Enabling D-cache for OneNAND bufferram
maxcir at gmail.com
Thu Mar 25 12:38:12 EDT 2010
Some time ago I used cache for buffer ram of Numonyx OneNand
successfully, getting big improvement of the performance (also thanks
to the burst access).
The platform was based on StrongARM processor. I've attached the
patch I used. Note that the patch was for 2.6.27 kernel; I've rid it of
changes not related to the cache feature, so I think you should apply it
"by hands". I've removed also the burst enabling because strictly
depending on the platform.
2010/3/25 Joakim Tjernlund <joakim.tjernlund at transmode.se>:
>> Joakim Tjernlund wrote:
>> >> Hello!
>> >> I am currently writing a piece of software that takes advantage of the
>> >> fact that OneNAND supports read-while-loading. What I am doing is trying
>> >> to achieve higher efficiency when decoding data from the OneNAND by
>> >> decoding data that is available in the OneNAND bufferram directly
>> >> instead of copying it to normal RAM and decoding there. So far, I have
>> >> gotten quite poor results due to the fact that the bufferrams are not
>> >> cached (for good reason since it is Device memory). My software will be
>> >> used on ARM devices of different types, with my testrigs being a Nokia
>> >> N810 and a N900.
>> >> I have exclusive access to the OneNAND chip, and as such know exactly
>> >> what information is stored in the bufferrams at all times. If I could
>> >> only enable the D-cache for the bufferrams, I could therefore make sure
>> >> to invalidate the cache whenever I reprogram the OneNAND chip.
>> >> From what I have read so far, it seems that the only way to enable
>> >> cacheing of the bufferrams would be to somehow change how the memory
>> >> attributes for the memory region in the MMU. I have however not found
>> >> any easy way of doing this. Any tips? I dont really have very much
>> >> experience when it comes to how the MMU works.
>> > Have a look at ioremap_cached(). Seems to be availabe on ARM
>> > Basically you need to create a second virtual address mapping of the devices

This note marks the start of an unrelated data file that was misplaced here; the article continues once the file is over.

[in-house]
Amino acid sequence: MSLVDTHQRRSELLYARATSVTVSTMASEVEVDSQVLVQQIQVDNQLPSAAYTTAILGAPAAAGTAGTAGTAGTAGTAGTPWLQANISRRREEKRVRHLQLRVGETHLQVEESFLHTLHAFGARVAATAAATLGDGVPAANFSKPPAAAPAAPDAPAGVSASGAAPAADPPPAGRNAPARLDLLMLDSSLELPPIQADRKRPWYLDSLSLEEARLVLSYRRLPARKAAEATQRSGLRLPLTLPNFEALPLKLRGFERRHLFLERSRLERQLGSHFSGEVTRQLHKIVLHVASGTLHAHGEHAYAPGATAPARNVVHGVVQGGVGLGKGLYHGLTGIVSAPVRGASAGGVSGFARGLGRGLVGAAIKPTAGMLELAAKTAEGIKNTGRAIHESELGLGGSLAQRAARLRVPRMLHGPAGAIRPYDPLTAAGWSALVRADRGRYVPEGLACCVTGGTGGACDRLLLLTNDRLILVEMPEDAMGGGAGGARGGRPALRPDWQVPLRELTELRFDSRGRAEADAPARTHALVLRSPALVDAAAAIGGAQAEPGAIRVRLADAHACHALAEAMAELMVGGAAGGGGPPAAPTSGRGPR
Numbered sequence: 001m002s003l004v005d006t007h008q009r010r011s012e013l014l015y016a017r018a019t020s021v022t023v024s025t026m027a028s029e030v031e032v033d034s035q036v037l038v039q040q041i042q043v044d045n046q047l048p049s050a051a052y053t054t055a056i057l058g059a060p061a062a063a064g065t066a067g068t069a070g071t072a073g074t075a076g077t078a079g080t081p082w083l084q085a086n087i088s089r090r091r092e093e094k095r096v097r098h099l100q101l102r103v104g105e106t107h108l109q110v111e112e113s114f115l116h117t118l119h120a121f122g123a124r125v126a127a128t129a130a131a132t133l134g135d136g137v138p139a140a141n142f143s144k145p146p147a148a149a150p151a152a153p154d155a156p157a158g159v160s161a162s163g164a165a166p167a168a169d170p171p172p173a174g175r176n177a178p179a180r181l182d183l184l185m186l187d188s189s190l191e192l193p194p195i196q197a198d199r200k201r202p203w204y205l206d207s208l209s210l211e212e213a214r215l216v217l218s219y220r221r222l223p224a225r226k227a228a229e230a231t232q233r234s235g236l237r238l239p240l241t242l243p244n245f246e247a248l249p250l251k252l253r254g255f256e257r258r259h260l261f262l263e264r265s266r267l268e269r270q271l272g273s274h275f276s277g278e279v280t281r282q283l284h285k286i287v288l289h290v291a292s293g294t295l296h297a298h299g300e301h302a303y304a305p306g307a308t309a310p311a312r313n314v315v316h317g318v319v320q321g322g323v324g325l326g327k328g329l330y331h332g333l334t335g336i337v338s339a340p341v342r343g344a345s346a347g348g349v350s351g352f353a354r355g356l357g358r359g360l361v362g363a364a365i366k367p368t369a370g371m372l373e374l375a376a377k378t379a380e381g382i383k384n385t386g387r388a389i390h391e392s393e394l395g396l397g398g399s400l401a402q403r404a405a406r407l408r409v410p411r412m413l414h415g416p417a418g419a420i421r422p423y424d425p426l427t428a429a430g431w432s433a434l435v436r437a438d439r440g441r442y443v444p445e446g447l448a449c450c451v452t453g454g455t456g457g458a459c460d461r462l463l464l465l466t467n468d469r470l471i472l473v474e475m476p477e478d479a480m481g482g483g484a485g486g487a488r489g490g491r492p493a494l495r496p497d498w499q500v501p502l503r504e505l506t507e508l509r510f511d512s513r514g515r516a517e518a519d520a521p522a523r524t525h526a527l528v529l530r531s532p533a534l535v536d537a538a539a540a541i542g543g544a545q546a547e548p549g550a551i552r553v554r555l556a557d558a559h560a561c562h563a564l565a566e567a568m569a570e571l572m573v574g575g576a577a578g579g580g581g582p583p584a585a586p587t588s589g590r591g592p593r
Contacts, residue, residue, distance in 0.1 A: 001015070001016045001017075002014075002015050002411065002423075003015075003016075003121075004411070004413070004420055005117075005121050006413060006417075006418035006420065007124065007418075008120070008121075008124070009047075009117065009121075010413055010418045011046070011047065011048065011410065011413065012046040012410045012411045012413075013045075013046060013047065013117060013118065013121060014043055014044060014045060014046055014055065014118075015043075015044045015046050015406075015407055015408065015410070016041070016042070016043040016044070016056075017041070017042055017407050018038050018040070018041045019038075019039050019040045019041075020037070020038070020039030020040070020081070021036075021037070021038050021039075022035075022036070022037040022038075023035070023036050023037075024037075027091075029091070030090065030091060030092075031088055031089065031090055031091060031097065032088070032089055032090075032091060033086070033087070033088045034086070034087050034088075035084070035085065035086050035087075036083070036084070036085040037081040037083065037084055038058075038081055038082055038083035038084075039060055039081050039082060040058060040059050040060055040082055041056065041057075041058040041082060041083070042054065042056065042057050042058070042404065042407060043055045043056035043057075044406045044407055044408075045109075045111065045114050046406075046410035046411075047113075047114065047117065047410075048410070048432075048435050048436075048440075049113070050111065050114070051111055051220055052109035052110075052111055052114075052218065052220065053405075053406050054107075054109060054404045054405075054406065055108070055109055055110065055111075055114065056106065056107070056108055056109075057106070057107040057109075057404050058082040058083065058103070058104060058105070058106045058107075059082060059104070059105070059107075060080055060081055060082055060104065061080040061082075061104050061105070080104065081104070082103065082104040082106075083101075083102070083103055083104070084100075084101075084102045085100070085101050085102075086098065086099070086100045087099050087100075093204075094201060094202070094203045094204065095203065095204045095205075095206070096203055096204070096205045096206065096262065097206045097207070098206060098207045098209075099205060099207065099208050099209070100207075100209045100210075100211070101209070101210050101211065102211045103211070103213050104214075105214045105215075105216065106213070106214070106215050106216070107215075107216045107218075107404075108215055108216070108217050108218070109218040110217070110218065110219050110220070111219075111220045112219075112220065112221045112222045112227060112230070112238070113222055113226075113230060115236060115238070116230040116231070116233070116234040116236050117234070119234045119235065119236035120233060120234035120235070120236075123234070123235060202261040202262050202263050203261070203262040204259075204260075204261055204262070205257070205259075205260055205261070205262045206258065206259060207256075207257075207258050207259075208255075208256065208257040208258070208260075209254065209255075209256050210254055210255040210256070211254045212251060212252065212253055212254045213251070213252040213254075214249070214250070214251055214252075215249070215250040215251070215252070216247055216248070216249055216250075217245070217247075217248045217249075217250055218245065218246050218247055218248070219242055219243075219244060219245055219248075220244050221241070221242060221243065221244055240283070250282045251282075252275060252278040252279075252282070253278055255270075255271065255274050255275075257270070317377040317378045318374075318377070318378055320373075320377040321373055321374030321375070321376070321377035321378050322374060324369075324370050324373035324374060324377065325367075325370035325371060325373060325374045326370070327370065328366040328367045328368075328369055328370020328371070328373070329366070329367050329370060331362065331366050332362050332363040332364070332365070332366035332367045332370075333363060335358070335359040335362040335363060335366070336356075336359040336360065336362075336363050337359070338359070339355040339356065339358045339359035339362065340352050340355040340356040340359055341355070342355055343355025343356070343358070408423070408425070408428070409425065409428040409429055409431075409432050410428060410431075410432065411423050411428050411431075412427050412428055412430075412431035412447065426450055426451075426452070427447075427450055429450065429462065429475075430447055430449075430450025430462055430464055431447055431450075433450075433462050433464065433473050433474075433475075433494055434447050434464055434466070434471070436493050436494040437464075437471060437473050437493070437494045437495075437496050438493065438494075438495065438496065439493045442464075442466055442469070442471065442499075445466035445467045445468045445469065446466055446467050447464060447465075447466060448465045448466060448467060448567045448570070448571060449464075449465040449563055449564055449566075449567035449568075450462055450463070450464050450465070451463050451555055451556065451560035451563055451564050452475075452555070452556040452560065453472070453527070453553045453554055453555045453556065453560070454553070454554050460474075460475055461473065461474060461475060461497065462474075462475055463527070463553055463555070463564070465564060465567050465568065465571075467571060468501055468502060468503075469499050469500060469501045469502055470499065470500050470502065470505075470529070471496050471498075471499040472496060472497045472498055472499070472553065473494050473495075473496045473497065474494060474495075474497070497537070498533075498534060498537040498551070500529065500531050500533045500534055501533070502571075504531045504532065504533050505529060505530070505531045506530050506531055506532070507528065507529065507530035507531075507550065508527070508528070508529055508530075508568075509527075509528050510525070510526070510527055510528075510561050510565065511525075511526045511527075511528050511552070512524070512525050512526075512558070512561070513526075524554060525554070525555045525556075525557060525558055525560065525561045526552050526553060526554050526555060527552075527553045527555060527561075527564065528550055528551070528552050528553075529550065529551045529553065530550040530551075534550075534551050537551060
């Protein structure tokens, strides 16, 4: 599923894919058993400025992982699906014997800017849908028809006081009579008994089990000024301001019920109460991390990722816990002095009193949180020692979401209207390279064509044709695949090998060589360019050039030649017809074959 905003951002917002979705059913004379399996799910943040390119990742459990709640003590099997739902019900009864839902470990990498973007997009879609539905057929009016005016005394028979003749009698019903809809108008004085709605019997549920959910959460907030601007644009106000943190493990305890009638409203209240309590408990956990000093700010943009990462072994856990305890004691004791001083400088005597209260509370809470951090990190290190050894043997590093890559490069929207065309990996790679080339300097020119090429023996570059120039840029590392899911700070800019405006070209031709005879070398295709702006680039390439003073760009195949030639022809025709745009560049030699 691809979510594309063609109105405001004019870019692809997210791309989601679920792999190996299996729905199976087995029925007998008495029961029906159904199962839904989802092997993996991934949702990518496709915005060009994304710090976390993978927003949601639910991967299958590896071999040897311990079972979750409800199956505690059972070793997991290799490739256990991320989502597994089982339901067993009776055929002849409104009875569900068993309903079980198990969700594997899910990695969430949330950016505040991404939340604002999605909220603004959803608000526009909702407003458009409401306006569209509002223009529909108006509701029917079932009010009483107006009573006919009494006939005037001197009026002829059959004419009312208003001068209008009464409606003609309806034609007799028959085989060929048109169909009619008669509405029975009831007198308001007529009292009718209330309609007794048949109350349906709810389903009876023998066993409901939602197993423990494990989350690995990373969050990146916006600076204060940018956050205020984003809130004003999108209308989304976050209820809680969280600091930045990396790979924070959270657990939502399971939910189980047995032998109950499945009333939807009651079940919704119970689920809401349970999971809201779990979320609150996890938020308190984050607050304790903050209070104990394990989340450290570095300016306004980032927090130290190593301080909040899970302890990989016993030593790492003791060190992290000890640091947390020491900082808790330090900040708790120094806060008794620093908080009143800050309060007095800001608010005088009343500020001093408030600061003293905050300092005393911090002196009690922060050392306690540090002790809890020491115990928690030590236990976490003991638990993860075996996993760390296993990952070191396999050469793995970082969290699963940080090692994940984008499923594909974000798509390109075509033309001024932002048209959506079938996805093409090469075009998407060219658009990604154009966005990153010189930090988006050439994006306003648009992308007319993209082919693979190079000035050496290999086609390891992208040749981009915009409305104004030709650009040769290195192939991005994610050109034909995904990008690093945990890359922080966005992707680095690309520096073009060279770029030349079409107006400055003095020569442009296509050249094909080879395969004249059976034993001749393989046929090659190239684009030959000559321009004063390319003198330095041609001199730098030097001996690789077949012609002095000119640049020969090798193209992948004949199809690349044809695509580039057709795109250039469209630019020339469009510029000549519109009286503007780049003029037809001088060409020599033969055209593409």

>> > RAM which is cached.
>> > Jocke
>> Thanks for the suggestion, but I am having some trouble getting it to
>> work. This is how I tried to use ioremap_cached, along with the problems
>> I got:
>> Given a pointer to the first byte in the bufferram, I did:
>> unsigned long int phys_addr = virt_to_phys(bufaddr);
>> void *rmap = ioremap_cached(phys_addr, 2048);
>> /* Read from rmap */
>> This would not compile however since L_PTE_CACHEABLE was not defined.
>> After scanning through the kernel source, I found that L_PTE_CACHEABLE
>> was usually defined as (1 << 3) for arm. With this defined,
>> ioremap_cached returned a new virtual address, but gave a segmentation
>> fault along with "Unhandled fault: external abort on non-linefetch
>> (0x008) at 0xc8accc00" in /proc/kmsg when trying to do a read. Am I
>> using ioremap correctly? Does ioremap change the old mapping, or simply
>> add a second one? If it creates a second one without changing the first,
>> this is illegal on ARM IIRC since two mappings cannot have differing
>> memory attributes...
>> Any other ideas?
> ioremap returns a *second* mapping to the same RAM so you first original mapping
> should be fine.
> I have used ioremap in 2.4 to access NOR flash in cached mode and it worked
> fine. one just have to rember to invalidate the cache when needed. This was on
> PPC and I knonw nothing about ARM.
> I can think of two things:
> 1) check that virt_to_phys(bufaddr) returns
> the correct physical address for your NAND.
> 2) have a look at __ioremap instead of ioremap_cached
> Perhaps you need to talk to the ARM people, it may very well be
> a bug in ARM arch code.
> Linux MTD discussion mailing list
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